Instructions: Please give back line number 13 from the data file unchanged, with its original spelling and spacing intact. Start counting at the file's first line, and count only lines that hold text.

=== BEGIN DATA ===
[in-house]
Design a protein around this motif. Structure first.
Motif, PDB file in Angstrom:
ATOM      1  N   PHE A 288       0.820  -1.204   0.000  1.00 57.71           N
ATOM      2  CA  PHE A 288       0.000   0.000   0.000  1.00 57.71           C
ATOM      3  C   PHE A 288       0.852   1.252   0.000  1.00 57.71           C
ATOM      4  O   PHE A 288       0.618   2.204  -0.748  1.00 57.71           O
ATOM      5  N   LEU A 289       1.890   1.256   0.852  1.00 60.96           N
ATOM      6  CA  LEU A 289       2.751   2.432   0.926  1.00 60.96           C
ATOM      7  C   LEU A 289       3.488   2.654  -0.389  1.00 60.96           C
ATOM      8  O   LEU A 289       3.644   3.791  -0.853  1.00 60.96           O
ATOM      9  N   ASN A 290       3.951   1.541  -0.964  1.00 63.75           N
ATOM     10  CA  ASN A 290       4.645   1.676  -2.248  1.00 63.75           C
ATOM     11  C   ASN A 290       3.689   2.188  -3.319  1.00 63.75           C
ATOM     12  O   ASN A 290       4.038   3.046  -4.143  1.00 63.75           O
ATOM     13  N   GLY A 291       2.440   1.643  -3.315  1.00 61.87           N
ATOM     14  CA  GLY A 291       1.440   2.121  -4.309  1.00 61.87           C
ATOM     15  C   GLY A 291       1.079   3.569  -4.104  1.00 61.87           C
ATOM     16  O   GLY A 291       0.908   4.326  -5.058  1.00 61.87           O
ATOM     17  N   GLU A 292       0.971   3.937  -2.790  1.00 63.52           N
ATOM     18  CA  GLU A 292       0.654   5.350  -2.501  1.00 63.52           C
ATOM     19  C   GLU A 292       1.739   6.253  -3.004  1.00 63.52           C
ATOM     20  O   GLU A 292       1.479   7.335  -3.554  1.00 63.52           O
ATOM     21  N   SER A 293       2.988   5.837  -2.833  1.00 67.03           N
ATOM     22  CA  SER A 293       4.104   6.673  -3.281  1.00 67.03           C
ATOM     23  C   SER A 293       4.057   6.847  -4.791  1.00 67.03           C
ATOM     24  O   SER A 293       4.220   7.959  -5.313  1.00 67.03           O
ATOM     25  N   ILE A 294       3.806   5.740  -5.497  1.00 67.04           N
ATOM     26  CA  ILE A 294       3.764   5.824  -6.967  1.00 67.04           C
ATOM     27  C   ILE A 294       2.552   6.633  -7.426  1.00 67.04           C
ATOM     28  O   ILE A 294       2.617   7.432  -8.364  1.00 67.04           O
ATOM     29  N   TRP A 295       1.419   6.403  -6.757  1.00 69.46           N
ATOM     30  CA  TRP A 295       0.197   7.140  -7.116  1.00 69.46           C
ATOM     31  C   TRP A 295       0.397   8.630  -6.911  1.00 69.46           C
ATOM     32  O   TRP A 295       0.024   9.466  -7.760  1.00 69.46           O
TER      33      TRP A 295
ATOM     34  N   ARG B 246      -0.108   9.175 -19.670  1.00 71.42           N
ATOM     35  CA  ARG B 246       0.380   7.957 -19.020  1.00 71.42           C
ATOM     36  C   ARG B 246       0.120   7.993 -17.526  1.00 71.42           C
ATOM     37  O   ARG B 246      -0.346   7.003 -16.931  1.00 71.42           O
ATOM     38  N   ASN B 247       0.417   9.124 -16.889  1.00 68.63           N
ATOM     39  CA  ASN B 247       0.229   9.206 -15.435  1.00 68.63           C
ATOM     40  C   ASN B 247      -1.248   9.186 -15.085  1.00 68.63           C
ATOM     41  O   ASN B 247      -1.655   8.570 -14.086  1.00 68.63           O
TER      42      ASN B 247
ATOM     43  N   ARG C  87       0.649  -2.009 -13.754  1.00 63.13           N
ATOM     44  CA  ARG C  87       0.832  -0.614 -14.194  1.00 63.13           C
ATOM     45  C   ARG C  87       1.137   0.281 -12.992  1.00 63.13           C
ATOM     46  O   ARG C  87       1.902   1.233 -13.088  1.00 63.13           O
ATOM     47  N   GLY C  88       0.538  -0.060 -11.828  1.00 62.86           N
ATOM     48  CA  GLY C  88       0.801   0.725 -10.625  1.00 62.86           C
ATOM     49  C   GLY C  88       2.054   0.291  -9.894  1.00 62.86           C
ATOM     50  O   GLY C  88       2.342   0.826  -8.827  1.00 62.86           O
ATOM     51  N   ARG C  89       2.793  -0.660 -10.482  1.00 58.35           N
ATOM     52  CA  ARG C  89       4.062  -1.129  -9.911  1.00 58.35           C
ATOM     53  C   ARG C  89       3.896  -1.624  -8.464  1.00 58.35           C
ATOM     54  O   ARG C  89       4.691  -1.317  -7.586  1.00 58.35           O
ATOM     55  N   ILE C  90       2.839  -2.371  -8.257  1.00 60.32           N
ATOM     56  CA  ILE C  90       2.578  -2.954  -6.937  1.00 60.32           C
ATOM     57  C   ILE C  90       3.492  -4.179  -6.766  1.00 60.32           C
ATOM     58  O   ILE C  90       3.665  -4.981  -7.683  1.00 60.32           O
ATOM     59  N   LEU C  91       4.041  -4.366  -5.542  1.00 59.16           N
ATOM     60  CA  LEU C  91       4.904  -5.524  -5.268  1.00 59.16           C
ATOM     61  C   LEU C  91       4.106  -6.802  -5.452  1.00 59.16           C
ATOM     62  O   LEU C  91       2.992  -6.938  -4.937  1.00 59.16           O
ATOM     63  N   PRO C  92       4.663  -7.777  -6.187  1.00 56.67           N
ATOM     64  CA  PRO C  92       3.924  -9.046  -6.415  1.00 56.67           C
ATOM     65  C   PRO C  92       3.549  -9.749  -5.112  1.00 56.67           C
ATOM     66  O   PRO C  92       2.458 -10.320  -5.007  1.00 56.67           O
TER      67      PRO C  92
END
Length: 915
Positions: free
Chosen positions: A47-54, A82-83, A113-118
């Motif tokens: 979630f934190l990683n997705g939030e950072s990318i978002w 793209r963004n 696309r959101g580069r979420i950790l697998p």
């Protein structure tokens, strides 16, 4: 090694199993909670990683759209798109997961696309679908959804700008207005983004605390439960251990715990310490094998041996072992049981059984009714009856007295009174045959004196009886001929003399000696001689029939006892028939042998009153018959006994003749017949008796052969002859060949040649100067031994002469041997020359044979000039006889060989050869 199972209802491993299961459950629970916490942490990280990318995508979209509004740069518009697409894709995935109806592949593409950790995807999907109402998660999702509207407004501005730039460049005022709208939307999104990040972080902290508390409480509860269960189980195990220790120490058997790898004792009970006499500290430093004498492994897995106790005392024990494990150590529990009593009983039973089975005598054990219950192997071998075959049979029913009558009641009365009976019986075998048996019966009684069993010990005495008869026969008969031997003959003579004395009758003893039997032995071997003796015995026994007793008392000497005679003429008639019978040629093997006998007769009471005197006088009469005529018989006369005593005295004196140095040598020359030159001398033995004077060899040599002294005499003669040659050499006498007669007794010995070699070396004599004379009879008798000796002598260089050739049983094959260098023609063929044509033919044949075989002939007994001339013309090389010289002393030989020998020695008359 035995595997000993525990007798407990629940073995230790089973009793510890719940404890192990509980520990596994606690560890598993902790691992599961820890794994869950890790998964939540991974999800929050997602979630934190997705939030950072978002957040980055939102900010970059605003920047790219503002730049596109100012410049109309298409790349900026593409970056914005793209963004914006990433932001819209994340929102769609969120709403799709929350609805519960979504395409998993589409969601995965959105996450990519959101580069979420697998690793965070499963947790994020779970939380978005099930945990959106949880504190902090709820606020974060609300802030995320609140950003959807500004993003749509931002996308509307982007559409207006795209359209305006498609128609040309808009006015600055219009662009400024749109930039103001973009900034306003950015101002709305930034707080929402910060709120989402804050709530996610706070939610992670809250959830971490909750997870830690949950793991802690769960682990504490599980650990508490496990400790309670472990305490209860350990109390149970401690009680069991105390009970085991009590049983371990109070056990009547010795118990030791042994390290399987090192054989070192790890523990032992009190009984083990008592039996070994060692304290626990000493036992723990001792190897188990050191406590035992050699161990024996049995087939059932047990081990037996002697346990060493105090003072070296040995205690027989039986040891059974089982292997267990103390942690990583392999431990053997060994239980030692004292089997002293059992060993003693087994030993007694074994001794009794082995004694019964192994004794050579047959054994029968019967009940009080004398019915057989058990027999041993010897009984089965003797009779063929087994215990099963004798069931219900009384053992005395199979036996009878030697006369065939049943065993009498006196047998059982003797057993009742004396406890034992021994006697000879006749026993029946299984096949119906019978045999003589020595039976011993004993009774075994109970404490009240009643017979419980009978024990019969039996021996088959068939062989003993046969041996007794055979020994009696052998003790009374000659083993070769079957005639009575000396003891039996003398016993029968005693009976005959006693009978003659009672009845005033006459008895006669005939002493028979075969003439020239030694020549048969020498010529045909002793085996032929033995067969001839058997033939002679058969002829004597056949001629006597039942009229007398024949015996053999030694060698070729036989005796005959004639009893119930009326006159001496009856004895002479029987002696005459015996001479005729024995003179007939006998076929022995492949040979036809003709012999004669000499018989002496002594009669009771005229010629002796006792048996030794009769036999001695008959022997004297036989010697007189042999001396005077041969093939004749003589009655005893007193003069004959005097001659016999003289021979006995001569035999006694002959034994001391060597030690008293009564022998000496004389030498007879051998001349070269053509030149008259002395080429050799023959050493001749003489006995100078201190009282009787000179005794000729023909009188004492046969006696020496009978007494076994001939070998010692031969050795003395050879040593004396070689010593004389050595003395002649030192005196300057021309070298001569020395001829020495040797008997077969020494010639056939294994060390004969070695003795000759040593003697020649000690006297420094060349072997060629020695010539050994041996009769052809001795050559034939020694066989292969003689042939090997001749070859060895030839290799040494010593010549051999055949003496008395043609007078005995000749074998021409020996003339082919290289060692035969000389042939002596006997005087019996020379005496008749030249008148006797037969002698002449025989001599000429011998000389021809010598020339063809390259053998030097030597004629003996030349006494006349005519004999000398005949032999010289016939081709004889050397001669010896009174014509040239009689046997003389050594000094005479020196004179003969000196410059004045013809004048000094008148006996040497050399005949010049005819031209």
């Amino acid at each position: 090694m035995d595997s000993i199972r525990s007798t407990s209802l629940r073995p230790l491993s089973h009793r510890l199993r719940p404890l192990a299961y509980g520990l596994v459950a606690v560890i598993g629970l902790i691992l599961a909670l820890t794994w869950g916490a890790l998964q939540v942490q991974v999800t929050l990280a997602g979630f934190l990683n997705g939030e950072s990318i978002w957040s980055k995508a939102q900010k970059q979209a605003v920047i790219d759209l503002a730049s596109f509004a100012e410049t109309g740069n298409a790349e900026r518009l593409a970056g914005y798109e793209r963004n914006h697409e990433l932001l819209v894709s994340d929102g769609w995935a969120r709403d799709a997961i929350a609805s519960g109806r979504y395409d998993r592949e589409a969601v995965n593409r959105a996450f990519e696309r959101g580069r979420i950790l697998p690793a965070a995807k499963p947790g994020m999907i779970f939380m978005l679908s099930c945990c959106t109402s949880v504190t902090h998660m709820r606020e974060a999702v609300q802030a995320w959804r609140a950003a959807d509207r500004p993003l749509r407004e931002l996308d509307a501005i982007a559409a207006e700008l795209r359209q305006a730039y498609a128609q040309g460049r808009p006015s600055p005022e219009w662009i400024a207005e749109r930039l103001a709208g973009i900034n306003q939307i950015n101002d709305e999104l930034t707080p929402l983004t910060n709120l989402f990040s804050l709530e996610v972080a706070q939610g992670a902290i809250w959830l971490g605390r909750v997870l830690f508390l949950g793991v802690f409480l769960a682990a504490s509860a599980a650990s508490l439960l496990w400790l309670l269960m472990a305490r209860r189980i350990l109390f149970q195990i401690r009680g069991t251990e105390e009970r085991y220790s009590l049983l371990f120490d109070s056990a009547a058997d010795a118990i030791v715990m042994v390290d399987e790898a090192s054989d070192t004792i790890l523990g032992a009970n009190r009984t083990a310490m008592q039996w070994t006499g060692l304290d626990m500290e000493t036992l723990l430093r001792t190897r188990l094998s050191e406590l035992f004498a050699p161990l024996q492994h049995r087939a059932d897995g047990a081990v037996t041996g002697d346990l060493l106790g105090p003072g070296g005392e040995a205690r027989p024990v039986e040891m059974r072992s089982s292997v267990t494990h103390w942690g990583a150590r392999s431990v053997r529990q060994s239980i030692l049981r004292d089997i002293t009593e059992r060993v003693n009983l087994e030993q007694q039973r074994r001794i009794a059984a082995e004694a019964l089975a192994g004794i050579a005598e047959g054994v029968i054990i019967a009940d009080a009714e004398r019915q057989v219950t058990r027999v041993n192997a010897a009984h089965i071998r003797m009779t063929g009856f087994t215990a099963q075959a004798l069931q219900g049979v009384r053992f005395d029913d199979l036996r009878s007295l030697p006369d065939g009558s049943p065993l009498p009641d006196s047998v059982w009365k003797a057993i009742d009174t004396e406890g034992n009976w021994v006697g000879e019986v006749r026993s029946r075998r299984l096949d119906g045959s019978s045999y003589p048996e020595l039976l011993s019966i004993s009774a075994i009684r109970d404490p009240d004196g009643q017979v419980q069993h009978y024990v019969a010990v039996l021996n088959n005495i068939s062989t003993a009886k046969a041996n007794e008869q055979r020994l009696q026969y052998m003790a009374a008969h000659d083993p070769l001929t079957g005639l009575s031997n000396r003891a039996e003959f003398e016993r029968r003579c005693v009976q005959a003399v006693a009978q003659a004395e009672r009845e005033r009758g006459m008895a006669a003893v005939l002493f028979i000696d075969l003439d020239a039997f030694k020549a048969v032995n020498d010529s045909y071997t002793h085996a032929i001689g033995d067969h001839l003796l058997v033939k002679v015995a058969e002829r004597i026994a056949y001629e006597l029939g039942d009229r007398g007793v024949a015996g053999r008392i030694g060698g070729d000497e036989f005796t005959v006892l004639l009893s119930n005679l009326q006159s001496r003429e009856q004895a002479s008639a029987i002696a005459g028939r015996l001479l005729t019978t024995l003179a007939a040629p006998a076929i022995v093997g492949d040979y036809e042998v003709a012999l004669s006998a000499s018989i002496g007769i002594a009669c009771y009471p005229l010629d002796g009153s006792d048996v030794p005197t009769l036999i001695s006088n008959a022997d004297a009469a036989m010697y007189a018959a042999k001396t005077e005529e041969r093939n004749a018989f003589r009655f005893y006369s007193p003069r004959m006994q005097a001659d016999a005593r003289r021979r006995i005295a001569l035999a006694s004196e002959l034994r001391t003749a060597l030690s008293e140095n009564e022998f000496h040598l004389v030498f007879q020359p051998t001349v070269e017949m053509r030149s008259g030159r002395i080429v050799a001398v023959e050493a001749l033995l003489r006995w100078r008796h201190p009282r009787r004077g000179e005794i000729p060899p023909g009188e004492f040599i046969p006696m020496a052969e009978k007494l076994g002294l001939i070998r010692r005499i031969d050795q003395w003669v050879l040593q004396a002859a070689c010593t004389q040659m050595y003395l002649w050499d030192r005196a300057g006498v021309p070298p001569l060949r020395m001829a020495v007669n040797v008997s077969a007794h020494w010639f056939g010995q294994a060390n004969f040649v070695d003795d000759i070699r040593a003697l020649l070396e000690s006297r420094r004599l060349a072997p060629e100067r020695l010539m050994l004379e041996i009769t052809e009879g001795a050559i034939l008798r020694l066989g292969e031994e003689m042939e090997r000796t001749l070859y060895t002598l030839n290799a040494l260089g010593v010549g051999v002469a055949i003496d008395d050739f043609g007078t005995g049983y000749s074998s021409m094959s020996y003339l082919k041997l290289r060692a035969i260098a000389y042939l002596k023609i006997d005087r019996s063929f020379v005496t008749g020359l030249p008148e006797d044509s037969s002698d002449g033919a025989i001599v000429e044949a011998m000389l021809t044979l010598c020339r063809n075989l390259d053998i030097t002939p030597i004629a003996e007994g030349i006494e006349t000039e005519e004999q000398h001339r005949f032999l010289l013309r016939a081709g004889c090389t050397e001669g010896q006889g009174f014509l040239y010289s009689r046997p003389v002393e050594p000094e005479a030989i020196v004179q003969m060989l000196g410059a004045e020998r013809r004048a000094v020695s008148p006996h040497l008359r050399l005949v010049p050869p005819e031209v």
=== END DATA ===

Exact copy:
ATOM     10  CA  ASN A 290       4.645   1.676  -2.248  1.00 63.75           C